Mondaq News Alerts

In order to receive Mondaq News Alerts, users have to complete a separate registration form. This is a personalised service where users choose regions and topics of interest and we send it only to those users who have requested it. Users can stop receiving these Alerts by going to the Mondaq News Alerts page and deselecting all interest areas. In the same way users can amend their personal preferences to add or remove subject areas.


A cookie is a small text file written to a user’s hard drive that contains an identifying user number. The cookies do not contain any personal information about users. We use the cookie so users do not have to log in every time they use the service and the cookie will automatically expire if you do not visit the Mondaq website (or its affiliate sites) for 12 months. We also use the cookie to personalise a user's experience of the site (for example to show information specific to a user's region). As the Mondaq sites are fully personalised and cookies are essential to its core technology the site will function unpredictably with browsers that do not support cookies - or where cookies are disabled (in these circumstances we advise you to attempt to locate the information you require elsewhere on the web). However if you are concerned about the presence of a Mondaq cookie on your machine you can also choose to expire the cookie immediately (remove it) by selecting the 'Log Off' menu option as the last thing you do when you use the site.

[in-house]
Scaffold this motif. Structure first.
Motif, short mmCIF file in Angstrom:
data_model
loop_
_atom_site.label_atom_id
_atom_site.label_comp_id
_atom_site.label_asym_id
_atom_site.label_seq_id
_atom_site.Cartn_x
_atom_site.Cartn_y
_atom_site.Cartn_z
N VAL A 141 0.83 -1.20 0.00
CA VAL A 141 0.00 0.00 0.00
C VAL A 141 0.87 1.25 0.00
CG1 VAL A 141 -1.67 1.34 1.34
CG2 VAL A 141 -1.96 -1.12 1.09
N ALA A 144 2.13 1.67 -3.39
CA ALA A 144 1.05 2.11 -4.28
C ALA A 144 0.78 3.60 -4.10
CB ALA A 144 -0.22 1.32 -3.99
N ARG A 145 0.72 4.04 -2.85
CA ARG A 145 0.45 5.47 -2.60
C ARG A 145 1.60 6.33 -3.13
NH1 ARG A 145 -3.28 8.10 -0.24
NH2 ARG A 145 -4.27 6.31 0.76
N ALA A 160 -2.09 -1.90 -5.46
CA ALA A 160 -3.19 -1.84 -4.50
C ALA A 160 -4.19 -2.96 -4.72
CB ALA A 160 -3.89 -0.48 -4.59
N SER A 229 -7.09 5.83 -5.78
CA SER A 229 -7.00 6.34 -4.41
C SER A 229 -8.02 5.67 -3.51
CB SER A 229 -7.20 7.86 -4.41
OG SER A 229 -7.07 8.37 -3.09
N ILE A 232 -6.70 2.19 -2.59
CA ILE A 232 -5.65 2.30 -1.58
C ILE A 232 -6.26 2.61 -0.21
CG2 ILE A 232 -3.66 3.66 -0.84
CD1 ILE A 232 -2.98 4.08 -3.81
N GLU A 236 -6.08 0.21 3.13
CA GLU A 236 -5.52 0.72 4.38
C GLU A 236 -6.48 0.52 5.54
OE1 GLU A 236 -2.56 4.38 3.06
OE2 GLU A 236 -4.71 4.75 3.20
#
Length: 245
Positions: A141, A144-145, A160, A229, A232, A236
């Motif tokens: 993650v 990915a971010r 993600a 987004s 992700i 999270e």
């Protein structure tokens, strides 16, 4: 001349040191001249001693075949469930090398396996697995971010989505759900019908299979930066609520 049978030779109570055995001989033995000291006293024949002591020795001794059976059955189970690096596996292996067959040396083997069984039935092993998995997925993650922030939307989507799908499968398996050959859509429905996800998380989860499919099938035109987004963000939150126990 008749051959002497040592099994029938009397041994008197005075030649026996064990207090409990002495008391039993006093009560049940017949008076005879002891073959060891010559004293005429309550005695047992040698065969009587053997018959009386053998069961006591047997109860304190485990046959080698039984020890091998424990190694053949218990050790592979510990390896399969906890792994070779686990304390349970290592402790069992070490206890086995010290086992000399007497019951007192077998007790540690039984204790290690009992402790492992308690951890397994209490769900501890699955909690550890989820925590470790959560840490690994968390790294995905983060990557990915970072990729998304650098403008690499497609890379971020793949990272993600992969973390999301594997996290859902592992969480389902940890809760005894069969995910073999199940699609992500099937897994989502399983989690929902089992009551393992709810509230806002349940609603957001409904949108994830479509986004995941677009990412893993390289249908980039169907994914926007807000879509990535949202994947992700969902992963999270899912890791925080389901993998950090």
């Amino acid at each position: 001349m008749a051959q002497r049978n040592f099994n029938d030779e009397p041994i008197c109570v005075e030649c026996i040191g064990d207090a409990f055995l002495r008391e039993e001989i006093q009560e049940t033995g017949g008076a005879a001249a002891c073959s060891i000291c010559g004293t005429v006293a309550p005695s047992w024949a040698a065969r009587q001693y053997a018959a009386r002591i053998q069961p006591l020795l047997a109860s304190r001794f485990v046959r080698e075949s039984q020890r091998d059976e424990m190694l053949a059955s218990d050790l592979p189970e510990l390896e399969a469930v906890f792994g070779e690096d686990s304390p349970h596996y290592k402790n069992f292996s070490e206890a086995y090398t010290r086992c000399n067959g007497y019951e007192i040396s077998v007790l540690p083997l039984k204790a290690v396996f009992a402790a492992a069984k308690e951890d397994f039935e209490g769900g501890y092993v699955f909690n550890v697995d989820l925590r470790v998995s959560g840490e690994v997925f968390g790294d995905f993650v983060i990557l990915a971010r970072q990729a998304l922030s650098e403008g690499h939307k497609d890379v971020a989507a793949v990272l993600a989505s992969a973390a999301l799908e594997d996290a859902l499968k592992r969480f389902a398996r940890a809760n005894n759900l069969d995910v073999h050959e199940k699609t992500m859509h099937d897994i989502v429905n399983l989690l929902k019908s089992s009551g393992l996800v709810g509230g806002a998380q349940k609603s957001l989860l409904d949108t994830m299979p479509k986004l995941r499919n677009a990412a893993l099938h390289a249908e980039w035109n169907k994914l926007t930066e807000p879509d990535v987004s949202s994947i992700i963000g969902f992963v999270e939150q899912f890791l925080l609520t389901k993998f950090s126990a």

Some of our business partners may use cookies on our site (for example, advertisers). However, we have no access to or control over these cookies and we are not aware of any at present that do so.

Log Files

We use IP addresses to analyse trends, administer the site, track movement, and gather broad demographic information for aggregate use. IP addresses are not linked to personally identifiable information.


This web site contains links to other sites. Please be aware that Mondaq (or its affiliate sites) are not responsible for the privacy practices of such other sites. We encourage our users to be aware when they leave our site and to read the privacy statements of these third party sites. This privacy statement applies solely to information collected by this Web site.

Surveys & Contests

From time-to-time our site requests information from users via surveys or contests. Participation in these surveys or contests is completely voluntary and the user therefore has a choice whether or not to disclose any information requested. Information requested may include contact information (such as name and delivery address), and demographic information (such as postcode, age level). Contact information will be used to notify the winners and award prizes. Survey information will be used for purposes of monitoring or improving the functionality of the site.